Painting Process: Retro Robot and The Fyxx

Here's another in my series of Painting Process blog posts, going over the steps I use to create one of my robot paintings. As with all the other pieces, this one was created in Photoshop, 12"x18", 300dpi, in RGB.

This piece started with a photograph of Monique, a model I met during a panel we were both speaking at at Keycon last year. She got in touch with me to tell me how much she liked my work and wanted to get involved in this whole project. So, we set up a shoot based around more of a retro 40's or 50's look. The first idea I came up with was her leaning against a car inspired from designs of that particular era, but still using my regular robot design work. One huge change, however, is the hairstyle she had for the shoot, which will show up better later.

Laying out the background. Incorporating a lot of design ideas that people used in the 50's as their concept of the future, everything blended into something of a retro-future, similar to the notion of Gothic Raygun from The Gernsback Continuum.

In addition to the 50's-inspired backgrounds, I also named the diner she is standing in front of The Fyxx, which is the name of my favourite coffee shop in Winnipeg. I can quite frequently be found there painting or drawing many of these designs.

Laying out the various colour layers for Monique. As with all of these paintings, the various colours serve only to indicate that the machinery and plates are on separate layers, and won't necessarily reflect the colours used in the final painting. As I've been developing this process, I tend to use the same combination of blues to delineate the machinery. 

Dropping in colour layers for the car. This is a rather aggressive vehicle design, loosely based on the classic '57 Chevy, although there are styling hints from later designs as well.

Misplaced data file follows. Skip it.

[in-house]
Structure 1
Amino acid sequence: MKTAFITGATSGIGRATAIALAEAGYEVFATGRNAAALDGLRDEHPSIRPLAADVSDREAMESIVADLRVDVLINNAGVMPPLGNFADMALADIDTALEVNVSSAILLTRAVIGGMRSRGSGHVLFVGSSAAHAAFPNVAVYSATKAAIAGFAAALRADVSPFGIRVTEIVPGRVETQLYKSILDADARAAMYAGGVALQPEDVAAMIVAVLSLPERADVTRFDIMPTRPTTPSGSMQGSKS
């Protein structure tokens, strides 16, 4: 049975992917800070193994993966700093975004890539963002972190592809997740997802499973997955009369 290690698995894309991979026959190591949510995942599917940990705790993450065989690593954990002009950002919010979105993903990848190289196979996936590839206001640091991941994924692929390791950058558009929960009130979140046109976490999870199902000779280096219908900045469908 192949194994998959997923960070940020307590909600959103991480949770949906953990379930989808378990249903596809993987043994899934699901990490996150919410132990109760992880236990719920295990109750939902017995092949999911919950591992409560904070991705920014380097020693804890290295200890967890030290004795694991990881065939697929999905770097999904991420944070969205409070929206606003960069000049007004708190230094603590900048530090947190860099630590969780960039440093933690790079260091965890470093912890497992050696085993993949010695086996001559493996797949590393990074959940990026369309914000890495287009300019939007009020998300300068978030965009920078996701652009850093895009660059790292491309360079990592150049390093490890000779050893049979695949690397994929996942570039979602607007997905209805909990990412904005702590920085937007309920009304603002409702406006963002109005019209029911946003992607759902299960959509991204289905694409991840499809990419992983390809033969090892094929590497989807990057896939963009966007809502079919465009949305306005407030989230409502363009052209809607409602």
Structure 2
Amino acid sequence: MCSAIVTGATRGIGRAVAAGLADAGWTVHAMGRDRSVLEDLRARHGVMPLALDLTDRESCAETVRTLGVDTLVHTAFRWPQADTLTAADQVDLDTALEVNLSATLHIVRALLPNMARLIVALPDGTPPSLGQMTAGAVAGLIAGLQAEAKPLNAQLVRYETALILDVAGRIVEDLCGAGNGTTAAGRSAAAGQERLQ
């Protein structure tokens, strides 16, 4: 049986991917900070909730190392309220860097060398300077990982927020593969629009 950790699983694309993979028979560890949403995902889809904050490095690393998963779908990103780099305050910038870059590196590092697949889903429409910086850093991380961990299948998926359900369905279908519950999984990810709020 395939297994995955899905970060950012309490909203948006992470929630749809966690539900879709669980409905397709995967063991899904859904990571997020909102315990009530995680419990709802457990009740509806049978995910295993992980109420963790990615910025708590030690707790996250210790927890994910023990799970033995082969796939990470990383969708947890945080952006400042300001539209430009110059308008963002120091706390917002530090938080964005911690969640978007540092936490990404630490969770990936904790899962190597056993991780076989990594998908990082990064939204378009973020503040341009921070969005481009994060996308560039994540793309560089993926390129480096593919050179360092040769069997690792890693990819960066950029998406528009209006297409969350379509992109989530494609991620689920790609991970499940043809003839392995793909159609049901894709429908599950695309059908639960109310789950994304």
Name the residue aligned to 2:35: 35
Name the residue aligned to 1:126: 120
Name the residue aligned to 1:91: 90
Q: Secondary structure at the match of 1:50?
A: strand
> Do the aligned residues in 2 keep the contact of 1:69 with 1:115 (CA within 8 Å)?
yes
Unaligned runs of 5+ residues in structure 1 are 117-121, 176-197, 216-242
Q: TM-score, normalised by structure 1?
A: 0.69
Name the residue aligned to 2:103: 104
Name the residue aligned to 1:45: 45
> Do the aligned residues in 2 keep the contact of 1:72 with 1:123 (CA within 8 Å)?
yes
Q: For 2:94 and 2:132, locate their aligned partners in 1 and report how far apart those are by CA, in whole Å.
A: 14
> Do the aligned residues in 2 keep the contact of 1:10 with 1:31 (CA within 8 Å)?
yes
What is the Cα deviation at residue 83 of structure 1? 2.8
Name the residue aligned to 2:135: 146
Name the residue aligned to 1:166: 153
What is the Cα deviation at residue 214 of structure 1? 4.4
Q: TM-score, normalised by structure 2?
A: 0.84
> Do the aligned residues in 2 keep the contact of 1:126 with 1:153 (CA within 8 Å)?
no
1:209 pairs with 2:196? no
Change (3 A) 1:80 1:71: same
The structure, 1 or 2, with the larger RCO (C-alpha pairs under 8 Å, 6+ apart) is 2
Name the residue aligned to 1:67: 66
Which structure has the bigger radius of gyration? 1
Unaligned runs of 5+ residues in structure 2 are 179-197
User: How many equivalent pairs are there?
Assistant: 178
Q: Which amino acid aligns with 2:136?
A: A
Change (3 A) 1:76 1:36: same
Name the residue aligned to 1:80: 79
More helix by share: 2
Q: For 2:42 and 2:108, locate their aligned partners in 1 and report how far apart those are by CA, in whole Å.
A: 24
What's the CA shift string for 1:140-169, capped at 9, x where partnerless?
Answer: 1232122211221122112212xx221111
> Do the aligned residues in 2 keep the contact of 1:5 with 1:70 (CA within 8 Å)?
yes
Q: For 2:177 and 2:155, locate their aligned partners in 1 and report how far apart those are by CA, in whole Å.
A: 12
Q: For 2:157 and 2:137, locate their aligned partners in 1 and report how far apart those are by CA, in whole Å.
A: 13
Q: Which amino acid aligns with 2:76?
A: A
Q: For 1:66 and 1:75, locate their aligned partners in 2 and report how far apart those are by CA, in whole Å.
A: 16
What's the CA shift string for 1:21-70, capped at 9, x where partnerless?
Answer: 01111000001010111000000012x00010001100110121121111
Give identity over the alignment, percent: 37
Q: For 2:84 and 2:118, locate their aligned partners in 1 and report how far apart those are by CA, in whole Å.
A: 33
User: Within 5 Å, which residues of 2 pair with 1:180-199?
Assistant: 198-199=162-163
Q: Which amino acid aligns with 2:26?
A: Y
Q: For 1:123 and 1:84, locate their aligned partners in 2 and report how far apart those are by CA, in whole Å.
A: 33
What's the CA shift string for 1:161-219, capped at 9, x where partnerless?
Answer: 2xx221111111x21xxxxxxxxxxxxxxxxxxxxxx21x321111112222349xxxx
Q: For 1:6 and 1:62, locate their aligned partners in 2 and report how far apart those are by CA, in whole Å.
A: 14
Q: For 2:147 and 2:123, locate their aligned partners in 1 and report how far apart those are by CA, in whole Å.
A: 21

Flat colour layers for the various background elements dropped in as well, leading to starting the actual painting process.

Very basic painting done for the deep background and the wind-tunnel-designed apartment complex as well as the pavement. It's a simple idea, but it really works to have more complex and detailed textures closer to the viewer, leaving the background with much simpler textures, adding to the sense of depth to a piece. I've already begun to establish the cool background colours and warm foreground colours as well.

Some of the elevated roadways painted and fog effects added for additional depth.

Remaining elevated roadways painted as well as the diner, with even more atmospheric effects added. Starting to turn on the background lights.

Signage painted, lighting effects in the background elaborated on.

More drama added to the background lights.

Vehicle painted. At this point, it's looking less like the 50's and more how the 80's were interpreting the 50's. Which makes sense, as I was a teenager in the 80's.

Hair design painted. Very warm colour used on the hair, going along with the warmer tones of the background and the red of the car.

Basic metal painting on Monique finished. Fairly neutral colours on her metal right now which will all be fleshed out closer to the end.

Final metal polishing and lighting effects added, as well as more colour and subtlety added to Monique.

The final version can be seen, and prints purchased of it, at this link. And don't forget, if you are in the Calgary area in mid-April, I'll be at the Calgary Expo, selling original artwork and prints like this at the Winnipeg Is Nerdy booth.